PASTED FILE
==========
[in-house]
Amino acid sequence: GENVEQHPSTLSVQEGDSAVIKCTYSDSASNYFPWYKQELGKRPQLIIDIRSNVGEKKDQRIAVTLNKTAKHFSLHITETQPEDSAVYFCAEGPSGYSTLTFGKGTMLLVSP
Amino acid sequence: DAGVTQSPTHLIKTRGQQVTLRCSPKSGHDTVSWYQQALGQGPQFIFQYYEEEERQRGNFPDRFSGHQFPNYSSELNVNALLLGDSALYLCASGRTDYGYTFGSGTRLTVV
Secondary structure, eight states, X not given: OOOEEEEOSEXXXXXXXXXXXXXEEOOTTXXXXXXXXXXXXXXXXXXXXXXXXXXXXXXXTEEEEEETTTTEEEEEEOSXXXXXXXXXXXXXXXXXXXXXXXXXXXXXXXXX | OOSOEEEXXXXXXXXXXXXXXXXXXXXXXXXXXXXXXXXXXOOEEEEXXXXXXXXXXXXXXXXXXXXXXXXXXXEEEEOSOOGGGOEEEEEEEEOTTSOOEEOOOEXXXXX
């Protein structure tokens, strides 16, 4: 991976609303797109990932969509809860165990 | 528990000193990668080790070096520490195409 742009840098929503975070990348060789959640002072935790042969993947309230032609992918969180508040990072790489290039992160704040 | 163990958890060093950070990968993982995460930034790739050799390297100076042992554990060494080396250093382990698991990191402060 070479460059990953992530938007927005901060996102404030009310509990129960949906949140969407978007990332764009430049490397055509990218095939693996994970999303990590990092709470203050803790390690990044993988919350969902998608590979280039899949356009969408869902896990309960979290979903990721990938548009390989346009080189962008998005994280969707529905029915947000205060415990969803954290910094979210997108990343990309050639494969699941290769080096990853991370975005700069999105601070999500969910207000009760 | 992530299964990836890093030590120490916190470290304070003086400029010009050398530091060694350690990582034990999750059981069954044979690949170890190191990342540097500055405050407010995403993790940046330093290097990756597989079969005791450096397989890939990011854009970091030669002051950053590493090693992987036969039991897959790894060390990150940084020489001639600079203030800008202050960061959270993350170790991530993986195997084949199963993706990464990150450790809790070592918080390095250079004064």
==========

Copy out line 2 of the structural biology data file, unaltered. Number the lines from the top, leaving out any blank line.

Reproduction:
Amino acid sequence: GENVEQHPSTLSVQEGDSAVIKCTYSDSASNYFPWYKQELGKRPQLIIDIRSNVGEKKDQRIAVTLNKTAKHFSLHITETQPEDSAVYFCAEGPSGYSTLTFGKGTMLLVSP